Canada’s two largest banks have been in business since before the 1867 birth of the now-150-year-old country that we celebrate this weekend. Royal Bank was founded in Halifax in 1864; the Bank of Toronto (later merged with The Dominion Bank) was founded in 1855. Their shares may have slipped a bit recently, but both are financial stocks to buy for growth and income.
Canada’s big five banks’ shares have retreated from their highs, largely due to concerns about the housing bubble. But since their mid-May lows, the shares have partially recovered. Despite the concerns, we believe Canada’s major banks are true blue chip stocks with the financial strength to withstand a real estate correction.
Royal Bank of Canada (TSX—RY; NYSE—RY) is Canada’s largest bank by market capitalization and one of North America’s leading diversified financial services stocks. The bank provides personal and commercial banking, wealth management, insurance, investor services and capital markets products and services on a global basis.
The bank’s first-quarter results were favourable. For the three months ended January 31, 2017, Royal made $2.8 billion (adjusted), or $1.83 a diluted share, compared to $2.4 billion, or $1.58 a share, in the same period of 2016. The results reflected strong earnings in personal and commercial banking, wealth management, capital markets and investor and treasury services.
The bank’s capital position is strong, with a common equity Tier 1 ratio of 11.0 per cent, up from 9.9 per cent a year ago. A high ratio gives the bank the flexibility to redeploy or return capital to shareholders. It has done the latter, recently increasing its quarterly dividend $0.04, to $0.87 a share.
While a real estate correction would undoubtedly result in a slowdown in lending activity that would hurt Royal’s bottom line, the bank’s healthy leverage and liquidity ratios position it to withstand a downturn and thrive over the longer term.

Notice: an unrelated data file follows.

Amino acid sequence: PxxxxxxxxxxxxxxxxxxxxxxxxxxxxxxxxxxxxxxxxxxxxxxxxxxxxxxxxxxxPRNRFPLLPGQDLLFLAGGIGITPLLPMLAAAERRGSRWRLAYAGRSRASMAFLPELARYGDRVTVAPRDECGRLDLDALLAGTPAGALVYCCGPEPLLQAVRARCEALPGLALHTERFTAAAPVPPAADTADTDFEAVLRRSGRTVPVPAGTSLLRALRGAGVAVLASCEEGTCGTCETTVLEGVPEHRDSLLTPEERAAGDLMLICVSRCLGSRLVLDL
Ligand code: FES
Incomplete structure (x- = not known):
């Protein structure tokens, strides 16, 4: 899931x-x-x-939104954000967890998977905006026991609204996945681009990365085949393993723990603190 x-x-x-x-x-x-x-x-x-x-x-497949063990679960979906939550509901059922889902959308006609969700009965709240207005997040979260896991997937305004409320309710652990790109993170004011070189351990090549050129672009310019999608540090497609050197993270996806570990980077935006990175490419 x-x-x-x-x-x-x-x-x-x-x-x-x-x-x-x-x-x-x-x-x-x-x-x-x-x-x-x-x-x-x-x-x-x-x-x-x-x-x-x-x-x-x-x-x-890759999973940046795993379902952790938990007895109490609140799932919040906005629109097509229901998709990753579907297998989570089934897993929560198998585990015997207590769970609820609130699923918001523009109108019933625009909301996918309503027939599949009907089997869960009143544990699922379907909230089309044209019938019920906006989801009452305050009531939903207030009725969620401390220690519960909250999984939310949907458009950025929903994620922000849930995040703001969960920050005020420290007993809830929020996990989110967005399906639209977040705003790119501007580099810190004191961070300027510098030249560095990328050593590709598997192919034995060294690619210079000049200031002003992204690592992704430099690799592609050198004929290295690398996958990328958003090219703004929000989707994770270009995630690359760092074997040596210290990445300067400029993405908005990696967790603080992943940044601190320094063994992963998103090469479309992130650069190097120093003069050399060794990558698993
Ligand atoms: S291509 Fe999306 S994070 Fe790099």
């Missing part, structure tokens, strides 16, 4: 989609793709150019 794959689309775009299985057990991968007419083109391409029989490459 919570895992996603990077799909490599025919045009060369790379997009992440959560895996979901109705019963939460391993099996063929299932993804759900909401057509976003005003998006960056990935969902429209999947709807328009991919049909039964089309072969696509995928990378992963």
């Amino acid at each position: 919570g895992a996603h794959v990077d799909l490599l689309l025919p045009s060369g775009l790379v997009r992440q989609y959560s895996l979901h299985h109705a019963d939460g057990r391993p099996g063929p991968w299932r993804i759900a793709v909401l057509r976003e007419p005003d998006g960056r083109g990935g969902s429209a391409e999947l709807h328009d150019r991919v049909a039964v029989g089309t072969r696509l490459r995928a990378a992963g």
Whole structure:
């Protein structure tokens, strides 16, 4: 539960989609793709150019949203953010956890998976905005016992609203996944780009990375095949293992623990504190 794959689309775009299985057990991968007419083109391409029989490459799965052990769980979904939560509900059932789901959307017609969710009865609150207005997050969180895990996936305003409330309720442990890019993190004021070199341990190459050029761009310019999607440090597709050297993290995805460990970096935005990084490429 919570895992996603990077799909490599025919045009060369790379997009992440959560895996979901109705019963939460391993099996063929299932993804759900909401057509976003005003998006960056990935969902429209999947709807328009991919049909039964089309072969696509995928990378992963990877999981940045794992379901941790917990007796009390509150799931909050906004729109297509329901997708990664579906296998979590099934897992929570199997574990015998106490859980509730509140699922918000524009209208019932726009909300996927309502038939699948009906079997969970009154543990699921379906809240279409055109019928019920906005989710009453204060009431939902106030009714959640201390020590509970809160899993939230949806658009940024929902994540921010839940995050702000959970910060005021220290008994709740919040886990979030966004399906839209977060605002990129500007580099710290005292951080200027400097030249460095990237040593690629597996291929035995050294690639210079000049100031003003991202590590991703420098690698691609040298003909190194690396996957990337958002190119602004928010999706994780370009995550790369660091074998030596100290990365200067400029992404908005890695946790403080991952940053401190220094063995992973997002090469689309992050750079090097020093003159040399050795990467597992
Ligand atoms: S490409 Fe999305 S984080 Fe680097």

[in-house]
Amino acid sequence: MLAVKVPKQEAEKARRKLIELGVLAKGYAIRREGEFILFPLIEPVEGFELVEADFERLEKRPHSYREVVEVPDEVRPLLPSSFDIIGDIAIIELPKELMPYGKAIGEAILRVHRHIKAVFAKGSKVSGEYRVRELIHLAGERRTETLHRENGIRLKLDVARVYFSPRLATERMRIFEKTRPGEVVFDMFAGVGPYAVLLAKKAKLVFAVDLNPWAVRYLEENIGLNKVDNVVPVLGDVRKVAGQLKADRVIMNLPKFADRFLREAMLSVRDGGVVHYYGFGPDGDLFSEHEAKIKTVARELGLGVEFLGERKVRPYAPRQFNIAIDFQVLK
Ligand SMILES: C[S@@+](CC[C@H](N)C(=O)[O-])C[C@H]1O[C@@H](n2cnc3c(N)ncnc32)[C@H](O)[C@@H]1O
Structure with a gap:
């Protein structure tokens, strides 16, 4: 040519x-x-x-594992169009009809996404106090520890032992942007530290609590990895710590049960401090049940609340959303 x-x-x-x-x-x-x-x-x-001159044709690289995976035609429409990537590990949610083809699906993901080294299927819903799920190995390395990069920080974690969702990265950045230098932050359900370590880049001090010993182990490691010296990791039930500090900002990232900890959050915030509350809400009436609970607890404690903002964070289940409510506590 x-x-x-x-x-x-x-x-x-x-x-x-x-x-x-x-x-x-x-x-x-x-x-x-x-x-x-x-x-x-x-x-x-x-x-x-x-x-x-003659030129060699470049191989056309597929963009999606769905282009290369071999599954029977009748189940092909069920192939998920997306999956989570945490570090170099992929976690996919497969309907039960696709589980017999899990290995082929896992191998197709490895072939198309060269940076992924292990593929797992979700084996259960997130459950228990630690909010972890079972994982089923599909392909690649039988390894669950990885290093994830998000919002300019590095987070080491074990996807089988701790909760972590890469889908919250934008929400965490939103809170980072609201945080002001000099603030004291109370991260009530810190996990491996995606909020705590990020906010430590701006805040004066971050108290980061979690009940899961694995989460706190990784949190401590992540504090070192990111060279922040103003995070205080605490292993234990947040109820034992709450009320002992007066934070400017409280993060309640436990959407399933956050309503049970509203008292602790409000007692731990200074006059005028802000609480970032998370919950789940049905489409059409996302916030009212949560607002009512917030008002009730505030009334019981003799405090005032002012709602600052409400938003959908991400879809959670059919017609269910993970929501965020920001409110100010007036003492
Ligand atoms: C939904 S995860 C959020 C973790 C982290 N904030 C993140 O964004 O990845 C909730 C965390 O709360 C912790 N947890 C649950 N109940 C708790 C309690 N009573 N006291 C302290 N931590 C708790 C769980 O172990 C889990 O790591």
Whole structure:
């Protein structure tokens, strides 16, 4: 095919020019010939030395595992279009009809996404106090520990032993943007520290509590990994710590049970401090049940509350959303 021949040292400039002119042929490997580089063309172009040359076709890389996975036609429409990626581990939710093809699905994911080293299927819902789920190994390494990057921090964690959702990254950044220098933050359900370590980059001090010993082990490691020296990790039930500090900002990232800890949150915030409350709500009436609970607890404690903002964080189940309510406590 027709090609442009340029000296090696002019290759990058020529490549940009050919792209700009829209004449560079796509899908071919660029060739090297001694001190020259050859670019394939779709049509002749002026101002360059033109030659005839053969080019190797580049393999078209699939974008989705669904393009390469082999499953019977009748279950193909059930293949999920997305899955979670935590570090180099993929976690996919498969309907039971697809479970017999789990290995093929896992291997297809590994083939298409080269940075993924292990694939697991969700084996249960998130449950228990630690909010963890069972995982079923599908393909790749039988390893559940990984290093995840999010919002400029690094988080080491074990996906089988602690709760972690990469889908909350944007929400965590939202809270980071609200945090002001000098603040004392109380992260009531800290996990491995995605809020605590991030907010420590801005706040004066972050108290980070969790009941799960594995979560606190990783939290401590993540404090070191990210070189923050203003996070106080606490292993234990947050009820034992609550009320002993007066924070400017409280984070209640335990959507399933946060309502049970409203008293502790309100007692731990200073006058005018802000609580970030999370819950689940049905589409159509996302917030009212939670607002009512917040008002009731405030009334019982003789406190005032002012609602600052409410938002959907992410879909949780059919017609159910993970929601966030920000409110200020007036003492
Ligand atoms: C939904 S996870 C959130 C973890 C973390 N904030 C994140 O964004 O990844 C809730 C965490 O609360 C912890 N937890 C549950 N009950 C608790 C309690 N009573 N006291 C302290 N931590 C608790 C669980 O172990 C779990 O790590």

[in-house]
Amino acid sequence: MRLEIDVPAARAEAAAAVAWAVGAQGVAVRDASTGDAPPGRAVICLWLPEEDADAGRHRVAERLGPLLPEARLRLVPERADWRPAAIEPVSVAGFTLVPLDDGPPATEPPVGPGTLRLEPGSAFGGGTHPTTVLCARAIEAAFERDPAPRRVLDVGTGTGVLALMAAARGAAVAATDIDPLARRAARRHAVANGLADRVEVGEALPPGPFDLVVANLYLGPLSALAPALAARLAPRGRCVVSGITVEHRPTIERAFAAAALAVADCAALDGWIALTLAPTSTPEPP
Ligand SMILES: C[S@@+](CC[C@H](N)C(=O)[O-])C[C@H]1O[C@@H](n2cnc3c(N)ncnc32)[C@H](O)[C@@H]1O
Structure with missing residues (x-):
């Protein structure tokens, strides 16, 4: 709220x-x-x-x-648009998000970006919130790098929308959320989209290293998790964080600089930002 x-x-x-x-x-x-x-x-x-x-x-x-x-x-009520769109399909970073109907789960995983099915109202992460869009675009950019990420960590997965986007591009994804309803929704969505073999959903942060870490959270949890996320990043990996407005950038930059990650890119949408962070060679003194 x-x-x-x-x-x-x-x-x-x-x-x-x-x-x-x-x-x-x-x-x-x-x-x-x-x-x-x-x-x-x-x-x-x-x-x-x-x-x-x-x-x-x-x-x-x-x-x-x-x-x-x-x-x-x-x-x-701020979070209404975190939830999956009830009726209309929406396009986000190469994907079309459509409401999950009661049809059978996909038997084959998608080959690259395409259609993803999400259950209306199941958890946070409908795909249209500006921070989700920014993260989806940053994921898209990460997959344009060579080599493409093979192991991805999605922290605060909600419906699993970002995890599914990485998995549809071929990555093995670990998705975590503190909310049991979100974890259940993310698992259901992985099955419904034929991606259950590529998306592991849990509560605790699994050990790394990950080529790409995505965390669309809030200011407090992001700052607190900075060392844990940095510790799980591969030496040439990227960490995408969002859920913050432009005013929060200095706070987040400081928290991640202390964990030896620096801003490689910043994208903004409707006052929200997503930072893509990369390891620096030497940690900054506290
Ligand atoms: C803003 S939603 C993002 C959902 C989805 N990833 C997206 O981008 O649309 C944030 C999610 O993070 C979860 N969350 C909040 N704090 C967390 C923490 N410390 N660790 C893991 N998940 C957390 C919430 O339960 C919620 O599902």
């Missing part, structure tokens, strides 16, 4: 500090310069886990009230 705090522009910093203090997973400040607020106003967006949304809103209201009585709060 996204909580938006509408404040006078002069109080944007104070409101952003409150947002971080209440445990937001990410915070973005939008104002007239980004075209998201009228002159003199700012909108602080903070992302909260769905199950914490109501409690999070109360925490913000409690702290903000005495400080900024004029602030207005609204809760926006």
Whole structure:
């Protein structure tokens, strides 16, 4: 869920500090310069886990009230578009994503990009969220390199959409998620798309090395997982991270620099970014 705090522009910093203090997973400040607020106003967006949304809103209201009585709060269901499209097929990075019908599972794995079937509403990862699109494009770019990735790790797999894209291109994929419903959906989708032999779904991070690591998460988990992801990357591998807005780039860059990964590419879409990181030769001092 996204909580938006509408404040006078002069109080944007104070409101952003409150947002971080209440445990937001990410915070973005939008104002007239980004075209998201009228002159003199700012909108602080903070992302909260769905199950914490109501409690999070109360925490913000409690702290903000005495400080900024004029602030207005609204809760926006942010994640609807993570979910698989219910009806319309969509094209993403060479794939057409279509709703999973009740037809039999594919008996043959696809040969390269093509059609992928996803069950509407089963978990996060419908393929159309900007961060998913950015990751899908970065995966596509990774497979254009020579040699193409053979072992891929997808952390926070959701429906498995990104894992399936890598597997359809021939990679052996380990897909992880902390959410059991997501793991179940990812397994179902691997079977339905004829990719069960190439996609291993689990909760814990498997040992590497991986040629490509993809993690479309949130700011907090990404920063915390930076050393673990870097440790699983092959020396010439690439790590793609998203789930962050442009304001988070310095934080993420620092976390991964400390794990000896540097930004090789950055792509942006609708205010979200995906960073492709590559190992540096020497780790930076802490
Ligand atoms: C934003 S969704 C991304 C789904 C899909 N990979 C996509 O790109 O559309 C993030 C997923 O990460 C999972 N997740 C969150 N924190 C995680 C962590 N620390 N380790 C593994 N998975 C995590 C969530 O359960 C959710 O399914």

Royal Bank trades around a reasonable 12.8 times the $7.35 a share the bank is forecast to earn this fiscal year (ends October 31). The current annual dividend of $3.48 a share yields about 3.7 per cent.
Royal Bank is a buy for growth and income.
TD plagued by sales-target practices
Like Royal Bank, Toronto-Dominion Bank’s shares (TSX—TD; NYSE—TD) are off their recent highs, largely because of housing-bubble fears. But the bank has had an additional problem that surfaced in early March, when TD employees went public about their fears of being fired if they didn’t meet sales targets. Consequently, some of them admitted to breaking the law to meet targets. The bank has since launched a review of its sales practices.
TD is Canada’s second-largest bank by market capitalization and the sixth-largest in North America by branches. The bank serves customers in three key businesses that operate in a number of locations around the globe: Canadian retail, including TD Canada Trust; US retail, including TD Bank; and wholesale banking, including TD Securities.
The bank’s first-quarter financial results were favourable. For the three months ended Jan. 31, 2017, TD made $2.6 billion (adjusted), or $1.33 a diluted share, compared with $2.2 billion, or $1.18 a share, in 2016. The bank benefitted from strong results in its retail and wholesale segments on both sides of the border. Canadian retail net income rose four per cent to $1.6 billion, while US retail income increased seven per cent to $800 million.
TD bank also announced a $0.05-a-share increase in its quarterly dividend, to $0.60. At the same time, it declared its intention to buy back up to 15 million common shares, which will boost earnings per share.
We view the employee revelations about sales practices at TD as a temporary blow to its reputation. It’s likely the bank will eventually get past these difficulties with little effect on its long-term growth potential. And like RBC, we think the bank is positioned to withstand a sharp housing downturn, though such an event could have a considerably negative impact on its share price. It’s one of the risks you have to bear in mind when investing in Canadian bank stocks these days.
TD’s shares trade around 12.2 times this fiscal year’s (end October 31) forecast earnings of $5.24 a share. The current annual dividend of $2.40 a share yields 3.7 per cent. Toronto-Dominion Bank is a buy for growth and income.
This is an edited version of an article that was originally published for subscribers in the June 2017/First Report of The MoneyLetter. You can profit from the award-winning advice subscribers receive regularly in The MoneyLetter.
The MoneyLetter, MPL Communications Inc.
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